Chapter

Iraq and the (Unlearned) Lessons of Vietnam: Presidentialism and the Pathologies of Unilateral Policy Making

in Madison's Nightmare

Published by University of Chicago Press

Published in print May 2009 | ISBN: 9780226749396
Published online March 2013 | e-ISBN: 9780226749426 | DOI: http://dx.doi.org/10.7208/chicago/9780226749426.003.0003
Iraq and the (Unlearned) Lessons of Vietnam: Presidentialism and the Pathologies of Unilateral Policy Making

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This chapter looks at the making of foreign and military policy, with special reference to the national experience in Vietnam and Iraq. The decision making that Robert McNamara describes misjudged the “geopolitical intentions” of America's adversaries, misperceived the motivations of the leaders of South Vietnam, underestimated the importance of nationalism as a force driving the Viet Cong effort, and exaggerated the likely benefits to be realized from the superior equipment and fire power. His autobiography determines at least six obstacles to sound executive branch policy making process that were of key significance throughout the Vietnam debacle. Aside from the Cambodia catastrophe, Congress provided sufficient authorization for virtually every aspect of the Vietnam War to address all constitutional requirements, and Congress likewise enacted resolutions authorizing the use of military force in Afghanistan and Iraq.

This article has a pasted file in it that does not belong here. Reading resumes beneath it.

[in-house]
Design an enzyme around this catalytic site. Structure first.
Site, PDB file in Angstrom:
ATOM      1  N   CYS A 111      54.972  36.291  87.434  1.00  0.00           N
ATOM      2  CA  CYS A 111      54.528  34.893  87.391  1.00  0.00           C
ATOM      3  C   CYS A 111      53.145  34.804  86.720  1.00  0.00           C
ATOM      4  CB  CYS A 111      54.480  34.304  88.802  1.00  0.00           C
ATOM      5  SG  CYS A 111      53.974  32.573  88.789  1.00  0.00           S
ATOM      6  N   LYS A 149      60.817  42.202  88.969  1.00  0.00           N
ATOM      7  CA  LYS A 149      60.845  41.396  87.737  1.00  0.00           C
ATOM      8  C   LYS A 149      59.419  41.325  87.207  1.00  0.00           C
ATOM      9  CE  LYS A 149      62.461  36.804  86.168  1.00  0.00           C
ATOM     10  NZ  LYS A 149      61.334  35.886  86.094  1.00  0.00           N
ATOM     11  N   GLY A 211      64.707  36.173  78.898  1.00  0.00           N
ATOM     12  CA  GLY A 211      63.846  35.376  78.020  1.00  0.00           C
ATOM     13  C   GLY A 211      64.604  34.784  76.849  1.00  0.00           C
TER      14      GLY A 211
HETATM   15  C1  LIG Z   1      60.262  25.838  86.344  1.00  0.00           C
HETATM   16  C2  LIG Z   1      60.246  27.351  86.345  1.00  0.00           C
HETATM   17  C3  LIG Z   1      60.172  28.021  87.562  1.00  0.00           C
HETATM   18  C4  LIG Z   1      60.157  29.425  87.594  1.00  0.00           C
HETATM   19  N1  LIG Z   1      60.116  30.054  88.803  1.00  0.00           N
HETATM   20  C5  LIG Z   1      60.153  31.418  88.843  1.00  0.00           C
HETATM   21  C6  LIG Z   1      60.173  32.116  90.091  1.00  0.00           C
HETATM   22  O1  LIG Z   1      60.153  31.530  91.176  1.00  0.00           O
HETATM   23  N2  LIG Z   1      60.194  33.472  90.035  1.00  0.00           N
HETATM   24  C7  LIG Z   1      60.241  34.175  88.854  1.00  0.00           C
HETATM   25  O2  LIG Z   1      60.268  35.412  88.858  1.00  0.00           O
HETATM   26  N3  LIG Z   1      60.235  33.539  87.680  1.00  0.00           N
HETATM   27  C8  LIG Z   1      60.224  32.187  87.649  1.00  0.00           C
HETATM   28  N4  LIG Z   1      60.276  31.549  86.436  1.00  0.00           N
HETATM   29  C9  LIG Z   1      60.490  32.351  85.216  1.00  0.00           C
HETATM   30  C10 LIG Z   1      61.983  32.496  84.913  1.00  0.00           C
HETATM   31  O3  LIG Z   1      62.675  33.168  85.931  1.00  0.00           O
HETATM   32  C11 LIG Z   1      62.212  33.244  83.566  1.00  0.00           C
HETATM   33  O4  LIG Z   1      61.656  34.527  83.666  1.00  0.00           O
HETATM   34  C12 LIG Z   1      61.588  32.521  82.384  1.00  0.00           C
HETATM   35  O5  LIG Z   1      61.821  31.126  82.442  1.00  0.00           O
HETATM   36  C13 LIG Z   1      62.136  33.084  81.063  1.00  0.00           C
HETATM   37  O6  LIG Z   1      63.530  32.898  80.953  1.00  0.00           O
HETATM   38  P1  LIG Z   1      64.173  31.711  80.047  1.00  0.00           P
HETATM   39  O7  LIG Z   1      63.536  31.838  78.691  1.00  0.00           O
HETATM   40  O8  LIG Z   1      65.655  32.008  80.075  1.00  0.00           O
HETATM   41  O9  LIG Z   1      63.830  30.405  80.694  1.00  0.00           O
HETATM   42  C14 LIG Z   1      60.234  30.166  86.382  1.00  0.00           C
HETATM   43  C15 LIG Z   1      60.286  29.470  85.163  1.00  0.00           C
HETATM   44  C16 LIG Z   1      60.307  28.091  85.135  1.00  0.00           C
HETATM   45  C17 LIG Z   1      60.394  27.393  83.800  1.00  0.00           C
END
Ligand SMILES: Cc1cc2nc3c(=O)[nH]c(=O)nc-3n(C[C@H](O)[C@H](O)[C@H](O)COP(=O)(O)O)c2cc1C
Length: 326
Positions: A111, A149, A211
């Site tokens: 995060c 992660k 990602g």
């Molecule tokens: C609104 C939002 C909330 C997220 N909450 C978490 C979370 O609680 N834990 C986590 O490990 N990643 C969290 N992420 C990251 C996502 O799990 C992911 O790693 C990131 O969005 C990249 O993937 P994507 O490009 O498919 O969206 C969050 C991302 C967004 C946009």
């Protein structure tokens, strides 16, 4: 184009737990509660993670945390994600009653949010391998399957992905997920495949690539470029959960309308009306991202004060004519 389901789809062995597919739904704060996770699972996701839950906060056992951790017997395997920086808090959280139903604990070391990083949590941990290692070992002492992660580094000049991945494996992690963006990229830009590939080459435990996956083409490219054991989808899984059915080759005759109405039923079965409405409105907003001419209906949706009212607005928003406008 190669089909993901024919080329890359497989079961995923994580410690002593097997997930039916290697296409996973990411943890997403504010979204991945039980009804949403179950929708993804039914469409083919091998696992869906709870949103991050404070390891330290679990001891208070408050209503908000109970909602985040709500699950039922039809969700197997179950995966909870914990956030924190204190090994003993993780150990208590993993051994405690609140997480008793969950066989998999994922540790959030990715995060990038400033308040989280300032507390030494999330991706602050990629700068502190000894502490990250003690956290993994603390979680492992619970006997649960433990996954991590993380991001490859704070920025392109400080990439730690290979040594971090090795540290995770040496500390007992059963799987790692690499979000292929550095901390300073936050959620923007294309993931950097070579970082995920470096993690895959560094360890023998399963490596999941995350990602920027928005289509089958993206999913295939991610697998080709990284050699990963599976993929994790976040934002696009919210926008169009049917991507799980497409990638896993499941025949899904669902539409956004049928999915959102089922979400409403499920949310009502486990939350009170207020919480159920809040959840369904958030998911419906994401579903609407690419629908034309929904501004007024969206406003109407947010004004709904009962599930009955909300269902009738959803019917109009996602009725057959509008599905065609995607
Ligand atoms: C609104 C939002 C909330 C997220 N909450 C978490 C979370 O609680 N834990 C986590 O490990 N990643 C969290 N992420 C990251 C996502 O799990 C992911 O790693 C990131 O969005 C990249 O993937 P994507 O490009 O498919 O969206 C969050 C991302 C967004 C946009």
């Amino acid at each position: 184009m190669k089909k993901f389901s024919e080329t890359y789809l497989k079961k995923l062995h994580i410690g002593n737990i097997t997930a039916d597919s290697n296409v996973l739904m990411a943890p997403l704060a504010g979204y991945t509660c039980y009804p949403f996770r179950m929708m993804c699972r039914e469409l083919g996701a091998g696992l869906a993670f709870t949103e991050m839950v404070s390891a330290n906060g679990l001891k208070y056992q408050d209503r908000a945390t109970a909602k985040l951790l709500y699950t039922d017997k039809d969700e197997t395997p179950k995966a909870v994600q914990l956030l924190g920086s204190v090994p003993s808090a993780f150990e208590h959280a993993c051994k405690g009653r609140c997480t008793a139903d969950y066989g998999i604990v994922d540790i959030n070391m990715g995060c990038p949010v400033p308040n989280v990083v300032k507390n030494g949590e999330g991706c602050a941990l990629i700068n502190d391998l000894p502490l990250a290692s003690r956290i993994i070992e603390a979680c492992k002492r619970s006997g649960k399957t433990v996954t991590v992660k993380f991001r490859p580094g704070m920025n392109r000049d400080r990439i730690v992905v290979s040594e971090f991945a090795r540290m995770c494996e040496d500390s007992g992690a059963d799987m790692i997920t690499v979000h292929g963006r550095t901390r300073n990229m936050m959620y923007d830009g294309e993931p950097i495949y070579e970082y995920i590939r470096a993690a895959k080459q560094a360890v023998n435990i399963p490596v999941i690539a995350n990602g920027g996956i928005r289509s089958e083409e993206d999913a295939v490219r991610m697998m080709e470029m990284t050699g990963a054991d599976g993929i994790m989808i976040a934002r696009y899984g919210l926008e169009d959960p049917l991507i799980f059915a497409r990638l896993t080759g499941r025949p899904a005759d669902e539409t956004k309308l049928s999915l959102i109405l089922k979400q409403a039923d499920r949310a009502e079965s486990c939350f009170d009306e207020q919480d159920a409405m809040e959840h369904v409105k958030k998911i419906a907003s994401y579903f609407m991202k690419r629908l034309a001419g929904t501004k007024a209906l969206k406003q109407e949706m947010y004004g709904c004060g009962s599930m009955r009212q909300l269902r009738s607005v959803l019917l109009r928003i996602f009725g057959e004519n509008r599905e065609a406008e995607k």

Keywords: foreign policy; military policy; Vietnam; Iraq; Robert McNamara; policy making; Cambodia; Congress; Vietnam War; Afghanistan

Chapter.  10913 words. 

Subjects: Constitutional and Administrative Law

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